1956 Chevrolet 210

By Jay Hirsch

This 1956 Chevrolet 210 two-door hardtop has been owned by Harvey Bagshaw since 1960. The 210 Chevrolet was the “middle” model for the Chevrolet line of cars in 1956. There was the entry-level 150 series, the 210 being the middle tier, and the Bel Air, which was at the top the “luxurious model” and included the convertible. 

This car has been through several re-incarnations since Harvey first bought it., the last being in the late 1980s. When Harvey first got the car he lowered it, had it nosed and decked, shaved the door handles and had loud pipes installed. This was at the time the popular thing to do to custom cars in the 1950s and 1960s. In the 1960s the car was used as a dragster. In the 1970s on weekends Harvey even used the Chevy as a family car with his four children, minus the loud pipes. 

In the 1980s the Chevy began its last transformation. From 1960 to this point the car had seen four engines, six transmissions, four rear ends, five paint jobs, and two interiors. This was the final stage in the Chevy’s life. Harvey decided to change the car’s focus one more time, and the result is what you see here. 

Harvey owns his own collision shop, and behind it he has his own personal garage where he does work on his own cars, including the Chevy 210. After the collision shop was closed for the day Harvey would spend many an evening and weekends working on his cars in his garage.

Harvey decided to go full custom this time. He wanted the car to be symmetrical from front to back, which he no doubt achieved. The front and rear pans were molded and protected by nerf bars. The grille is 1958 Corvette.

The profile of the headlight openings matches the profile of the openings for the custom-built Lee taillights. The headlights are Frenched and were tunneled by using ’54 Mercury extensions. The rear wheel-well openings now match the front wheel-well lines, and the rear quarter panel also matches the front fender panel. The trim is from a ’58 Chevy. The headlights are the newer type made for hot rods and customs with bulbs for the headlight, parking light and directional signals all contained in the headlight, to give the car a clean look up front and also to have all the safety features in one unit.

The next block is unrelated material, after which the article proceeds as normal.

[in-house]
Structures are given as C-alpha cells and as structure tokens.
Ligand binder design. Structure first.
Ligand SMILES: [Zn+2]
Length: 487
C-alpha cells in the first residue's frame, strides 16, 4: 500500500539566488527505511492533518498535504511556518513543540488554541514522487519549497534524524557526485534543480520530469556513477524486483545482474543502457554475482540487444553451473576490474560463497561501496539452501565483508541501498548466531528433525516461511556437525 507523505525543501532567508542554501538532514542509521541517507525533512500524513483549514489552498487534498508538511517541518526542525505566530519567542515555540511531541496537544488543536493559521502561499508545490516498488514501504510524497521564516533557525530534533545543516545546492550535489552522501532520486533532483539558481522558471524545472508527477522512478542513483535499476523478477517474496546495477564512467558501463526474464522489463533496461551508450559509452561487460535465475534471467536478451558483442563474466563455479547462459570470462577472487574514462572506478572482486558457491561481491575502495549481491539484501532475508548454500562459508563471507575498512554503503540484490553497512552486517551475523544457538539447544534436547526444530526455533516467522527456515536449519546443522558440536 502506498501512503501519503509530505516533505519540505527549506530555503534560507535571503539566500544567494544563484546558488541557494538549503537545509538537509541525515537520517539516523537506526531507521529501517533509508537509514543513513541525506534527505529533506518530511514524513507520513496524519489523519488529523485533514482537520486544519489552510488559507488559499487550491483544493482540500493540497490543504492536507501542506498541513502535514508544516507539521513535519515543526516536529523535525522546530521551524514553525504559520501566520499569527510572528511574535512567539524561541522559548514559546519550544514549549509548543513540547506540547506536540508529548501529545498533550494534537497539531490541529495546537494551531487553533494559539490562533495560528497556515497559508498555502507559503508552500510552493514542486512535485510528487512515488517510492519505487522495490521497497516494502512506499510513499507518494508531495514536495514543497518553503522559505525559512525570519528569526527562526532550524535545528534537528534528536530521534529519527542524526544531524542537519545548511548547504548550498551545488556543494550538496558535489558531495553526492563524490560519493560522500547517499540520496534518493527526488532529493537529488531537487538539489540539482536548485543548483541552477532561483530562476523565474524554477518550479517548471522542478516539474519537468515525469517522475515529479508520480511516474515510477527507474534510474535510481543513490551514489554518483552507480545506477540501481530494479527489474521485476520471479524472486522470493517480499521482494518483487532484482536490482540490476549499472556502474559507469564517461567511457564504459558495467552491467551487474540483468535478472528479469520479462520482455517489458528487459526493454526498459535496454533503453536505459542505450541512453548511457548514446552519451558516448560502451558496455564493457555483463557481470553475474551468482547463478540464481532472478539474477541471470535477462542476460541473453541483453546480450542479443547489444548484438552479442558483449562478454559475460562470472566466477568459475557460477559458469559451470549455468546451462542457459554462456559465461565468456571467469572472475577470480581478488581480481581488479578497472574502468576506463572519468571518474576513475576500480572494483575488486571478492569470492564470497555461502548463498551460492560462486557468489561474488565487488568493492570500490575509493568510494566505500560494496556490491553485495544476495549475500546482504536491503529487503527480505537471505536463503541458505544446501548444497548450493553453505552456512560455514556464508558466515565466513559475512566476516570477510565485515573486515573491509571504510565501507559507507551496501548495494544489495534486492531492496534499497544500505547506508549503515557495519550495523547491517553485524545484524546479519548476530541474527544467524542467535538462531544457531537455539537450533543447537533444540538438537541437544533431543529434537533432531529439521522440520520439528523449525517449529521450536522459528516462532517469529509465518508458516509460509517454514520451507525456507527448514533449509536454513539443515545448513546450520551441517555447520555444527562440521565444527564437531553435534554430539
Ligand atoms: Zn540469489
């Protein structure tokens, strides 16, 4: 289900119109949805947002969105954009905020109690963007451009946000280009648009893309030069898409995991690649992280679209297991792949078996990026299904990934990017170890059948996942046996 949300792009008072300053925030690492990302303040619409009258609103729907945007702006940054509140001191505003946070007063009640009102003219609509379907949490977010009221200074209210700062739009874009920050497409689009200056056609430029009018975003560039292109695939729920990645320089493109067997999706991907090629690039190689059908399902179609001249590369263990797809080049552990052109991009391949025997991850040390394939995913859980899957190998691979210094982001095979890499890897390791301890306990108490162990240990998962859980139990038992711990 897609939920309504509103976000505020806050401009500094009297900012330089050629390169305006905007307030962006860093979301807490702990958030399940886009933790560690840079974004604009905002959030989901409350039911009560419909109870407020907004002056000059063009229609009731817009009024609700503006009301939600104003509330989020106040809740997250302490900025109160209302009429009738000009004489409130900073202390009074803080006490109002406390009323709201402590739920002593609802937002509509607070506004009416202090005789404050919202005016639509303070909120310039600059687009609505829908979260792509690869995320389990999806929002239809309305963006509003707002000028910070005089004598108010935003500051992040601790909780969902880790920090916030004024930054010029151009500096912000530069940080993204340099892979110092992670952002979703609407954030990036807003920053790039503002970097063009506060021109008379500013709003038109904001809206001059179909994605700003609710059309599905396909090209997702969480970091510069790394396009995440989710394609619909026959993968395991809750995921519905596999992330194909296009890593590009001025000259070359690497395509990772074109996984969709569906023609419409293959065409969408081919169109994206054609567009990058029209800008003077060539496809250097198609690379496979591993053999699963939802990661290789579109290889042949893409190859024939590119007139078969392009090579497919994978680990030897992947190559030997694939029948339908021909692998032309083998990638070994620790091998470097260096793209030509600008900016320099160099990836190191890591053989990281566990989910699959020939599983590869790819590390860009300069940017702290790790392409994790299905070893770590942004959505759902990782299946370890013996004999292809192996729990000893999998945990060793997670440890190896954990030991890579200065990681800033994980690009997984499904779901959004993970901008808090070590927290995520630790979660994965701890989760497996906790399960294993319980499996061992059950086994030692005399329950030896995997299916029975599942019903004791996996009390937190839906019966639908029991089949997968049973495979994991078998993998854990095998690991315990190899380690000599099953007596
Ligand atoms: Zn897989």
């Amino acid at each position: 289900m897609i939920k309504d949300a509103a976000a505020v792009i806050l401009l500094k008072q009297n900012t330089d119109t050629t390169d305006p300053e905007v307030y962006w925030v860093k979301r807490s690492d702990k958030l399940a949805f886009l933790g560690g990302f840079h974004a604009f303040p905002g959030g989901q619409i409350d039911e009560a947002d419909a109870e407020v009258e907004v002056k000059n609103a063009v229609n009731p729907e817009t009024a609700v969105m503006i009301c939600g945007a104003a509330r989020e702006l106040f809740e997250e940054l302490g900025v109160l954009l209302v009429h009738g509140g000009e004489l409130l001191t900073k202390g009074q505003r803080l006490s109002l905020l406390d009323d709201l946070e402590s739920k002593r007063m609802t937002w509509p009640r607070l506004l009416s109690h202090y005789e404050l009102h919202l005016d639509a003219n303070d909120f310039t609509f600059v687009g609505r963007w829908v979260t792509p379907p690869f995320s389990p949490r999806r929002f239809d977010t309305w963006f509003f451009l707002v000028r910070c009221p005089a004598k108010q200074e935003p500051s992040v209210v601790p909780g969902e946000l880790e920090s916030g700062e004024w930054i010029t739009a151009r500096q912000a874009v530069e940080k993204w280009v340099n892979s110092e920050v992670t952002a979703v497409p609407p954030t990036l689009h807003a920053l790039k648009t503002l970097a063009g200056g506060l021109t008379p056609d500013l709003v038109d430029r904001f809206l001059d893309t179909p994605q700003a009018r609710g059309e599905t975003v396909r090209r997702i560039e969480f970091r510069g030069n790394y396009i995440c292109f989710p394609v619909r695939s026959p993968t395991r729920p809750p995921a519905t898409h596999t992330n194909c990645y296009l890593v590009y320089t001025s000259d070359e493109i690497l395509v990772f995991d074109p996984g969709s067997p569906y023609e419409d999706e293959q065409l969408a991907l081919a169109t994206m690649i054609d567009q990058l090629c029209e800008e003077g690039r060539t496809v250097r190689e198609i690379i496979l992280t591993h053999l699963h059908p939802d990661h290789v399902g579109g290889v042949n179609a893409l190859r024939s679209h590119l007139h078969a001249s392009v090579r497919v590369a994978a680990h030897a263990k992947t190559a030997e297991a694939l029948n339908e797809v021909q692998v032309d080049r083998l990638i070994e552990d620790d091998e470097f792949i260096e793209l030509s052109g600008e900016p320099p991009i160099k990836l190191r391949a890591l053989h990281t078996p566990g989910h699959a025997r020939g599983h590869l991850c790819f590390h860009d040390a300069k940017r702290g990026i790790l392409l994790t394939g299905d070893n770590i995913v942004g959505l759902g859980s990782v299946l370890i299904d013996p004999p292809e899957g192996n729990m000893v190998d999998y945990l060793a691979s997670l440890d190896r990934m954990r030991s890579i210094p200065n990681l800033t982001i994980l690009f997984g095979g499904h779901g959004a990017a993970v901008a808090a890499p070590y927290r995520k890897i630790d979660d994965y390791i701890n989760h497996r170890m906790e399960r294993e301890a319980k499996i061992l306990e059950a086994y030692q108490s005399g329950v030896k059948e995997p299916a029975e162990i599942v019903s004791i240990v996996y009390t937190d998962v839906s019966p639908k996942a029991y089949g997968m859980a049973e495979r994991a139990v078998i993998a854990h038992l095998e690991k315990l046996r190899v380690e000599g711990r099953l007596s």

A true custom in Harvey’s eye needs a chopped top, so Harvey chopped two and half inches from the top and molded a scoop at the rear of the top. The color choice is a House of Kolor Candy Burgundy, which is similar to the 1956 Chevy burgundy seen on the 1956 Bel-Air four-door hardtop in the 1956 sales brochure, but the Kandy Burgundy is brighter!

The OHV V-8 327cid engine came from a ’62 Corvette and has a roller rocker valve train, a Z/28 cam, and Edelbrock manifold with three Rochester Deuces. A 1956 Chevy three-speed, column-mounted transmission puts the power to the rear wheels. The Chevy rides on Astro Supreme wheels mounted on 205R75x15 tires in front and 215R75x15 in back. The rear end is from a ’64 Chevy and has 4:11 gears. The side trim and the steering wheel is 1958 Chevy. Stopping the car is updated with disc brakes up front and drum brakes in the rear.

The upholstery is done in white pearl Naugahyde pleats with accents to match the exterior paint. Chevy bucket seats are used in front, and the rear seating is from a ’60s Thunderbird.

When Harvey began the project in the late 1980s, air-ride packages that are common today were not available, so it is raised and lowered by hydraulics. The rear of the frame was Zeed to get the car lower to the ground. 

Harvey has owned other cars but the 1956 Custom Chevrolet is his favorite, which he still drives to this day — drives is the word. The Chevy is no trailer queen or garage king.

“I did not do all this work to have a car in a trailer behind me when going to a show or anywhere,” Harvey said. “The car was always meant to be a driver, that is where the fun is!”

“See the U.S.A. in your Chevrolet” was a song first used by Chevrolet in 1949. It became popular in American culture when Chevrolet sponsored the Dinah Shore television show in the 1950s, with Dinah Shore singing the tune — it became hers and Chevrolet’s trademark. •